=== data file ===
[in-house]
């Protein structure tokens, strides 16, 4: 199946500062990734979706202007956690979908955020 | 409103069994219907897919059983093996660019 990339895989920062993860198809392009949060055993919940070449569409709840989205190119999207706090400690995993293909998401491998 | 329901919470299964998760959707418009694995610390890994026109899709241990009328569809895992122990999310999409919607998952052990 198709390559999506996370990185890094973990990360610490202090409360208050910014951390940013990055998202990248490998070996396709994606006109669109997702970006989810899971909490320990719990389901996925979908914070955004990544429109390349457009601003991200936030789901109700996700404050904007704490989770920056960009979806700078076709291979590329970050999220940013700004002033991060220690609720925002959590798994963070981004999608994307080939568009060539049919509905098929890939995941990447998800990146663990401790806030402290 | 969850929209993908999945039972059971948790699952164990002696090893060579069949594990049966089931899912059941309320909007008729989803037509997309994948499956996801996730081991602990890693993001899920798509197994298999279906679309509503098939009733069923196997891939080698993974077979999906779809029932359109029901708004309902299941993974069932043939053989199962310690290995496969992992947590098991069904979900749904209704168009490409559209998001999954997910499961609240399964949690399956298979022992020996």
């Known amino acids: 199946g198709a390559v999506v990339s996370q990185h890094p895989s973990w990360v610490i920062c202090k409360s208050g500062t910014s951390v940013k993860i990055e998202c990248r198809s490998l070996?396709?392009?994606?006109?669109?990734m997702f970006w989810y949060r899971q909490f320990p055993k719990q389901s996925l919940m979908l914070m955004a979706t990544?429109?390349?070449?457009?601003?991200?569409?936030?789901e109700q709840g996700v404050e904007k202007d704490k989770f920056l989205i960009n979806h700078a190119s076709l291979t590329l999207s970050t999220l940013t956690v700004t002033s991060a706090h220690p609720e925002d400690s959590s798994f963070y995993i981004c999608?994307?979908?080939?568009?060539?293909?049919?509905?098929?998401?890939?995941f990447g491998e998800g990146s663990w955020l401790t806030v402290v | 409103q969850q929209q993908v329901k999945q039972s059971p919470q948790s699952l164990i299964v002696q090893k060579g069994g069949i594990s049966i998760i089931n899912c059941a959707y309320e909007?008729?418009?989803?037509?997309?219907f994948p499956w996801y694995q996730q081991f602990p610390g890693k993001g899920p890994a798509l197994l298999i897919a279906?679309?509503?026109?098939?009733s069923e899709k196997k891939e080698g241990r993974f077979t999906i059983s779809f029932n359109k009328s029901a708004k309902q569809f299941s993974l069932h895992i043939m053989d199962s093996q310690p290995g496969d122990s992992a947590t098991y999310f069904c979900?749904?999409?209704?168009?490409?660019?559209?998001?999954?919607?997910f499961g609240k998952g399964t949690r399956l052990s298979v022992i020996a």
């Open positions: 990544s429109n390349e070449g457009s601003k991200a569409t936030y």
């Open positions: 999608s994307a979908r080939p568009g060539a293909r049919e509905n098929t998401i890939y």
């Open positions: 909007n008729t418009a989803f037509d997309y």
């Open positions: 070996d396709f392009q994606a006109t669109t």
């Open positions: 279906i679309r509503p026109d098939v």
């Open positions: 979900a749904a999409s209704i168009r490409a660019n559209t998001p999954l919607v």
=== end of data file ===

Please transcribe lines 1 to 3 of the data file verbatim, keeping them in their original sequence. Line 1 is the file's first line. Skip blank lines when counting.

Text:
[in-house]
């Protein structure tokens, strides 16, 4: 199946500062990734979706202007956690979908955020 | 409103069994219907897919059983093996660019 990339895989920062993860198809392009949060055993919940070449569409709840989205190119999207706090400690995993293909998401491998 | 329901919470299964998760959707418009694995610390890994026109899709241990009328569809895992122990999310999409919607998952052990 198709390559999506996370990185890094973990990360610490202090409360208050910014951390940013990055998202990248490998070996396709994606006109669109997702970006989810899971909490320990719990389901996925979908914070955004990544429109390349457009601003991200936030789901109700996700404050904007704490989770920056960009979806700078076709291979590329970050999220940013700004002033991060220690609720925002959590798994963070981004999608994307080939568009060539049919509905098929890939995941990447998800990146663990401790806030402290 | 969850929209993908999945039972059971948790699952164990002696090893060579069949594990049966089931899912059941309320909007008729989803037509997309994948499956996801996730081991602990890693993001899920798509197994298999279906679309509503098939009733069923196997891939080698993974077979999906779809029932359109029901708004309902299941993974069932043939053989199962310690290995496969992992947590098991069904979900749904209704168009490409559209998001999954997910499961609240399964949690399956298979022992020996």
């Known amino acids: 199946g198709a390559v999506v990339s996370q990185h890094p895989s973990w990360v610490i920062c202090k409360s208050g500062t910014s951390v940013k993860i990055e998202c990248r198809s490998l070996?396709?392009?994606?006109?669109?990734m997702f970006w989810y949060r899971q909490f320990p055993k719990q389901s996925l919940m979908l914070m955004a979706t990544?429109?390349?070449?457009?601003?991200?569409?936030?789901e109700q709840g996700v404050e904007k202007d704490k989770f920056l989205i960009n979806h700078a190119s076709l291979t590329l999207s970050t999220l940013t956690v700004t002033s991060a706090h220690p609720e925002d400690s959590s798994f963070y995993i981004c999608?994307?979908?080939?568009?060539?293909?049919?509905?098929?998401?890939?995941f990447g491998e998800g990146s663990w955020l401790t806030v402290v | 409103q969850q929209q993908v329901k999945q039972s059971p919470q948790s699952l164990i299964v002696q090893k060579g069994g069949i594990s049966i998760i089931n899912c059941a959707y309320e909007?008729?418009?989803?037509?997309?219907f994948p499956w996801y694995q996730q081991f602990p610390g890693k993001g899920p890994a798509l197994l298999i897919a279906?679309?509503?026109?098939?009733s069923e899709k196997k891939e080698g241990r993974f077979t999906i059983s779809f029932n359109k009328s029901a708004k309902q569809f299941s993974l069932h895992i043939m053989d199962s093996q310690p290995g496969d122990s992992a947590t098991y999310f069904c979900?749904?999409?209704?168009?490409?660019?559209?998001?999954?919607?997910f499961g609240k998952g399964t949690r399956l052990s298979v022992i020996a």